Keeping those temperatures is key. I have no problem with timing and agitation thanks to copious B&W work, but I've never had to maintain a consistent temp that was so far from ambient and so critical to the process. With black and white, I measure the temp of the developer and make timing adjustments and that's the end of it. But for E6 to work, the chemicals in this kit (most critically the 1st Developer) needed to be held at 105F. So I looked for options. The first is a rotary processor, who's awesomeness is countered by price tag. Same with dedicated darkroom temperature controls. Next was an aquarium heater but I lost interest because after literally minutes of looking, I didn't find one that could automatically maintain any temperature over 100F. (It did spark the idea though of building my own programmable heater. Thermocouple, heater, pump, control unit...easy)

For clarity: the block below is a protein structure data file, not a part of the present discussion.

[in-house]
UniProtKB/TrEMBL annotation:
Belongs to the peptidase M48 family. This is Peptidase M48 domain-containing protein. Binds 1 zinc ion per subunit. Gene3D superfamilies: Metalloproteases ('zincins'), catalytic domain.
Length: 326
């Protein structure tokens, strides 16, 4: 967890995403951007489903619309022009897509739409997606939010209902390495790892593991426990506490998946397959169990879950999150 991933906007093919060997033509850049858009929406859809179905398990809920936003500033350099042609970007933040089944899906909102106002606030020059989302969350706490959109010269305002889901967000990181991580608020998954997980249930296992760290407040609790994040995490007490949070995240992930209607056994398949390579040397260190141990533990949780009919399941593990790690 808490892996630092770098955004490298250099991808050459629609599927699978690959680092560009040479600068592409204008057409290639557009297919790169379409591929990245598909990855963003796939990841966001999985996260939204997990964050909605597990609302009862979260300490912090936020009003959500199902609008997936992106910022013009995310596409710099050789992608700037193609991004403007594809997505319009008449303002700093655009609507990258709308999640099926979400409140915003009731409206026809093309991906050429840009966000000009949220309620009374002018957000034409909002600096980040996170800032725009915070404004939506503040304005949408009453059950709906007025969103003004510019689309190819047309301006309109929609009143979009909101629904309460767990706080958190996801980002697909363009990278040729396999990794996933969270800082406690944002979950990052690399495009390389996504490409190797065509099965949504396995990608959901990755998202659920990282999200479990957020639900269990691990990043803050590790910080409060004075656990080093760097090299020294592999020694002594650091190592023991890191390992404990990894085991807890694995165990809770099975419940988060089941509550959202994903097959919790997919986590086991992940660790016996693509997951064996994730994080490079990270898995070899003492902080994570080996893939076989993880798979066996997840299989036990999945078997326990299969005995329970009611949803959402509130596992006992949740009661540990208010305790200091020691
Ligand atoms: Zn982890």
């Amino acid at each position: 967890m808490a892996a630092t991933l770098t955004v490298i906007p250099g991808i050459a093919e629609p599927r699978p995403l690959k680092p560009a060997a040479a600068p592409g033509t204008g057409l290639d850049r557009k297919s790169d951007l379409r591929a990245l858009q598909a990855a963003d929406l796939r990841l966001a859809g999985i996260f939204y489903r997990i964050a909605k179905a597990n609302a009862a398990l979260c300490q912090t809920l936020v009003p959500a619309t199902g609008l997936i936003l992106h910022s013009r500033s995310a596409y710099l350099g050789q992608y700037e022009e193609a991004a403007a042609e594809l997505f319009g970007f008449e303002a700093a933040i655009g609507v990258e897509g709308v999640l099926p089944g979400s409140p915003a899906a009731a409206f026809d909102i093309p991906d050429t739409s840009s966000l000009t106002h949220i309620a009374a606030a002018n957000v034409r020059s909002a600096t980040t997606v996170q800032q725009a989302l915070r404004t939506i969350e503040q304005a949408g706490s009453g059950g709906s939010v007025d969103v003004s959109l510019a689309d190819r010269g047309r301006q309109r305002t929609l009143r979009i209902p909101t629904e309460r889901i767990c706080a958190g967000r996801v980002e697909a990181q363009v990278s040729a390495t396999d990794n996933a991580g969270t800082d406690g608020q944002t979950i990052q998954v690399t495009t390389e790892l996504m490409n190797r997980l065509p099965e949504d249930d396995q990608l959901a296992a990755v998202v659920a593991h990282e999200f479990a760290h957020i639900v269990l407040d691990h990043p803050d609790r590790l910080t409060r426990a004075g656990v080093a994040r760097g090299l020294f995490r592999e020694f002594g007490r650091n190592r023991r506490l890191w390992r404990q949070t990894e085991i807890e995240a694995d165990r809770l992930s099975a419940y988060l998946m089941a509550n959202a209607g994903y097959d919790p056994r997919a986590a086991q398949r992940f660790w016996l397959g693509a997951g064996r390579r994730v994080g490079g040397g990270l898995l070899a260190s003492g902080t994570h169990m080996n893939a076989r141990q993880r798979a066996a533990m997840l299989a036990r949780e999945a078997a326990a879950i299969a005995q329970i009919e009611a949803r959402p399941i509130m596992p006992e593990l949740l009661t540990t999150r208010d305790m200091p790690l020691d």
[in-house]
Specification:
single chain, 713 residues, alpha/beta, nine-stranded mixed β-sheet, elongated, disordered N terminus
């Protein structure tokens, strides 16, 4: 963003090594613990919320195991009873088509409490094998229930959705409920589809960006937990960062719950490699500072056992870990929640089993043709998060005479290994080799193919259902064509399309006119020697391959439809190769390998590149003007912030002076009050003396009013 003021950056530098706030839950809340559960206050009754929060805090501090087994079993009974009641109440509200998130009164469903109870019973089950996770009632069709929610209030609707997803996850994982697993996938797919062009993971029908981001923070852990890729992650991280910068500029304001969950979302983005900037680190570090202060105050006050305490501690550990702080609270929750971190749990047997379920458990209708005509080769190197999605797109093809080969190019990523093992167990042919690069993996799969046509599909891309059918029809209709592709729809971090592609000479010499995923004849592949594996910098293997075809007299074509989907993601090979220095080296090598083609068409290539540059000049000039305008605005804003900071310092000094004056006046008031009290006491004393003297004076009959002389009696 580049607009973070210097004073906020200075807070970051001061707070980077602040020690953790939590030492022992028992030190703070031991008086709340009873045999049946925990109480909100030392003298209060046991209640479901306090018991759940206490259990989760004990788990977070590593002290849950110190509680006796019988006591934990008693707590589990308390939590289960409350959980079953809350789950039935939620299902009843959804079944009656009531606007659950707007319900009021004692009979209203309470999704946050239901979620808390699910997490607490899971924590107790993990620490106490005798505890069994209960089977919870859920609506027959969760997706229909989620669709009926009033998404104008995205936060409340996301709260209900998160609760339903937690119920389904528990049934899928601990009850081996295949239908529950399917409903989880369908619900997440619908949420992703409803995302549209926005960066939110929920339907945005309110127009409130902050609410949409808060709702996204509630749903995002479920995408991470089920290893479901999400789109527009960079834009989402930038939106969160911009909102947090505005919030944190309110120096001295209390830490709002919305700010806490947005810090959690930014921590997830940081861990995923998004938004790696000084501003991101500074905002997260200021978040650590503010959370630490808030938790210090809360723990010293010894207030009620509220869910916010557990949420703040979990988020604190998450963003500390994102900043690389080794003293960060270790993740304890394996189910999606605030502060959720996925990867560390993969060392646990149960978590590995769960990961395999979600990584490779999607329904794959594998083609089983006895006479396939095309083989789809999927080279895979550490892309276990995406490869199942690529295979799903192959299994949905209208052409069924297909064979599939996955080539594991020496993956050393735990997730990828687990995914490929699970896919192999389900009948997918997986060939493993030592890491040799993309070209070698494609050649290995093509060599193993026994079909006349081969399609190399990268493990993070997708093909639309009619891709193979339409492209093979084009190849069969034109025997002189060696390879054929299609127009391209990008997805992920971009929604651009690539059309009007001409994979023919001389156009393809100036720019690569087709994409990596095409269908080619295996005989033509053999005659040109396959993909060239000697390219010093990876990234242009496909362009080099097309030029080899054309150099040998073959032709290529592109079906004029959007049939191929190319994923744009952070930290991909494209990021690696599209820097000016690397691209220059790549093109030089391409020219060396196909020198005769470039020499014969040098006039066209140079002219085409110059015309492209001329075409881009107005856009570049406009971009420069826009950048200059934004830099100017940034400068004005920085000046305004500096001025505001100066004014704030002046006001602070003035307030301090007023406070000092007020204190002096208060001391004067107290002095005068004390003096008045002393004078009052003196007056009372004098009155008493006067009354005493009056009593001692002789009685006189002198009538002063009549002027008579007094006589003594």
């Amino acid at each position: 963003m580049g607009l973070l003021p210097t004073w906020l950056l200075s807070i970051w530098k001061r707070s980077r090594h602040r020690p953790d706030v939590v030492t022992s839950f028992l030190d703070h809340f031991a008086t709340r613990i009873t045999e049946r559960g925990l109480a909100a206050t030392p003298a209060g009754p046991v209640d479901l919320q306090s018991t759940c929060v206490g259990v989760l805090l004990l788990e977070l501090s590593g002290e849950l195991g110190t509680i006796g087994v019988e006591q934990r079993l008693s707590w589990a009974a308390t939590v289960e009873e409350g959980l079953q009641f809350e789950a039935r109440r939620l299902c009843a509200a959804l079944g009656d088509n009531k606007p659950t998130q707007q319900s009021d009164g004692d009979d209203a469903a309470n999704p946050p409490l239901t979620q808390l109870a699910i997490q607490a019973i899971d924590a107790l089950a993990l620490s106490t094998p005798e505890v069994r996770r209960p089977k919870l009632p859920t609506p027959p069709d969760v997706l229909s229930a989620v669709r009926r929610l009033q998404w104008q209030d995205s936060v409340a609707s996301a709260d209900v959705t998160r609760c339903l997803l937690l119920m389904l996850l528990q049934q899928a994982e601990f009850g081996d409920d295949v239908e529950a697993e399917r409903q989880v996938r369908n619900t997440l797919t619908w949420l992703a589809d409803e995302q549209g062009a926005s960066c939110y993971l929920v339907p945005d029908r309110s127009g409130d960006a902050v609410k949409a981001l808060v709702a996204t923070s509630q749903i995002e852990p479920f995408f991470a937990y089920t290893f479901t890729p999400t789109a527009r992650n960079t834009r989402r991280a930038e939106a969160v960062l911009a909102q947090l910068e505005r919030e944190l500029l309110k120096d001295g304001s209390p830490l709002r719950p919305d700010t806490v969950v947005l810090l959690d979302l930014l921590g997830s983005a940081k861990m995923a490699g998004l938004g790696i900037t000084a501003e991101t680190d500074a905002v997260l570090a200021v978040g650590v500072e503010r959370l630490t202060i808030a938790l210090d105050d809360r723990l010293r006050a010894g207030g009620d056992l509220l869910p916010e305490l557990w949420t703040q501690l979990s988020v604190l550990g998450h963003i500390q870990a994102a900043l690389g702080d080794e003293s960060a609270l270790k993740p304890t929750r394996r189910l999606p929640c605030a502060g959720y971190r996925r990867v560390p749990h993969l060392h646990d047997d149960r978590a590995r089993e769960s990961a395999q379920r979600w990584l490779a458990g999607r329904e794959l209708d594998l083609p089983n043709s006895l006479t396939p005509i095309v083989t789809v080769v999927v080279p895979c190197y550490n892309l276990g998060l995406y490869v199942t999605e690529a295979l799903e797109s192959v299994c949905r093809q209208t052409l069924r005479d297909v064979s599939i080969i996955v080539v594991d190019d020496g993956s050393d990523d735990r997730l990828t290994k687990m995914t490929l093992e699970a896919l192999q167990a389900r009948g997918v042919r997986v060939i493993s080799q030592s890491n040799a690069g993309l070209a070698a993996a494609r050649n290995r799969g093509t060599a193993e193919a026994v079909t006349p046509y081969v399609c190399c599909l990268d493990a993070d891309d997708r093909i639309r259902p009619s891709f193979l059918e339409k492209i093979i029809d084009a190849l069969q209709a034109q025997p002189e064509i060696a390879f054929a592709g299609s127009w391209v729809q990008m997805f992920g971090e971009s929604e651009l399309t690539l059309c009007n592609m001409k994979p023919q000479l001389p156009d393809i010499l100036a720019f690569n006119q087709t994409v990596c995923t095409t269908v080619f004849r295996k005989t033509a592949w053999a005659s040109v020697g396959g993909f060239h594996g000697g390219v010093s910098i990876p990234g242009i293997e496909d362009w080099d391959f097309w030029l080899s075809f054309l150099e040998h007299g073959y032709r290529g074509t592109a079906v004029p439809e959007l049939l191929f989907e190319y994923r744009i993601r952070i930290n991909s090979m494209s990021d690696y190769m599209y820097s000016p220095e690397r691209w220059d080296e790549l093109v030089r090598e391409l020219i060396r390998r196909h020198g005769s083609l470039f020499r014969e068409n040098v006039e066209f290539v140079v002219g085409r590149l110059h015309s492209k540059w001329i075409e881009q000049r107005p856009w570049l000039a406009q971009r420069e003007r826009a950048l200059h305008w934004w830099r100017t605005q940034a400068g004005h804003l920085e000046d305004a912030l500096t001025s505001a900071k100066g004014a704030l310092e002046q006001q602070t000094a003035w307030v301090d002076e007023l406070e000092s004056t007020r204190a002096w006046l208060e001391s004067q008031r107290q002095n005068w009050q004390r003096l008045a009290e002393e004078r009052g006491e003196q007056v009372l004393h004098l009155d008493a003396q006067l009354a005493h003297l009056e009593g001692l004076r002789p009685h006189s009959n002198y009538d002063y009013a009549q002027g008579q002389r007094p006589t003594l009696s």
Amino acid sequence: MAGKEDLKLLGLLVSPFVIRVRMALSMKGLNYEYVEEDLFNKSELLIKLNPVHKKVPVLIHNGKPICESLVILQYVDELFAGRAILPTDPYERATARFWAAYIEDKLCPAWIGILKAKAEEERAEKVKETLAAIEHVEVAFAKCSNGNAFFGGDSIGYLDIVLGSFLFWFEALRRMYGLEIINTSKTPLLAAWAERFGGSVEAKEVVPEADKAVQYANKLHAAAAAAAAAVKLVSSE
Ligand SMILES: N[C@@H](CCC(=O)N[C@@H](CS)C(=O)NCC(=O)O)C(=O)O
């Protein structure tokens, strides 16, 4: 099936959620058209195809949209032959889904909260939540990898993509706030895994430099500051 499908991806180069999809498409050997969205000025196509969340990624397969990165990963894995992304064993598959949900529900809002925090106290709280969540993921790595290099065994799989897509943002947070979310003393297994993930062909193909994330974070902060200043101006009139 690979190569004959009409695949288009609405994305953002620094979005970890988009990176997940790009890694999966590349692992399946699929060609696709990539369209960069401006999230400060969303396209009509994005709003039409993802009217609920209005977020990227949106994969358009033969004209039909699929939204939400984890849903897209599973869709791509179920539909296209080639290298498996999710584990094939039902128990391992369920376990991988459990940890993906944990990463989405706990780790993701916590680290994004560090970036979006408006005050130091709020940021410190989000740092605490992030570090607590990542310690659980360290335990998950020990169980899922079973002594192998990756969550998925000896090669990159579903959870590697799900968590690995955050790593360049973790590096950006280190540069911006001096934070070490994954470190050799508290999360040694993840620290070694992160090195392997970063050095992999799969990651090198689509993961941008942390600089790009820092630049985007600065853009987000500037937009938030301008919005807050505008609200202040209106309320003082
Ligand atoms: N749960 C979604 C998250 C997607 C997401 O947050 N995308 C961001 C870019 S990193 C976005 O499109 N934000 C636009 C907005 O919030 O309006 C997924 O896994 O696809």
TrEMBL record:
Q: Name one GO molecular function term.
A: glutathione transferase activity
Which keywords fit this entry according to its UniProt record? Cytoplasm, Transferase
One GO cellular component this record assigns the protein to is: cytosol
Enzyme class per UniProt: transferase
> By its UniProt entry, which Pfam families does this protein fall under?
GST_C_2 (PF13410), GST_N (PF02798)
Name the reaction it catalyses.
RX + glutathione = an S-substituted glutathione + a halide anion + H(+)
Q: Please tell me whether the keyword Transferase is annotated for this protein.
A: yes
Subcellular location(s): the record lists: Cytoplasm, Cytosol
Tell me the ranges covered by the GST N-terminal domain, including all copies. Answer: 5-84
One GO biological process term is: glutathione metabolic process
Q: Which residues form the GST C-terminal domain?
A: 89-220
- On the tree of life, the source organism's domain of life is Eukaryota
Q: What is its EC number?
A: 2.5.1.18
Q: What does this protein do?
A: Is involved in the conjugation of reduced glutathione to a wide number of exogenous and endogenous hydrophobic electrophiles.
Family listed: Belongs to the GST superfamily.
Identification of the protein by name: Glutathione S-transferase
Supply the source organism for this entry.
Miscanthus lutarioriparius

Anyway, I took the cheap route of using things I already had available:

1. Coleman 16qt. Cooler - Just enough room for the three liter-sized bottles of solutions.

2. Kitchen Sink - Capable of holding water and a source of warm water.

Not pictured is my teakettle. I'm not much of a tea drinker anymore but having a source of really hot water was invaluable. Adding a splash of near boiling water to the sink or cooler worked wonders in maintaining a proper hot water bath.

Further points of interest:

3. Gas station mega-sized fountain drinks. While 44 oz of soda may seem gluttonous, the vessel of carbonated diabetes is a lot easier to dump chemicals into than the tiny opening in their storage bottles. Also, graduated cylinders of varying sizes are necessity for any process.

4. Film dryer. And by film dryer, I mean clothes hanger with some clips swaying about in the breeze of the A/C in my horribly dusty apartment.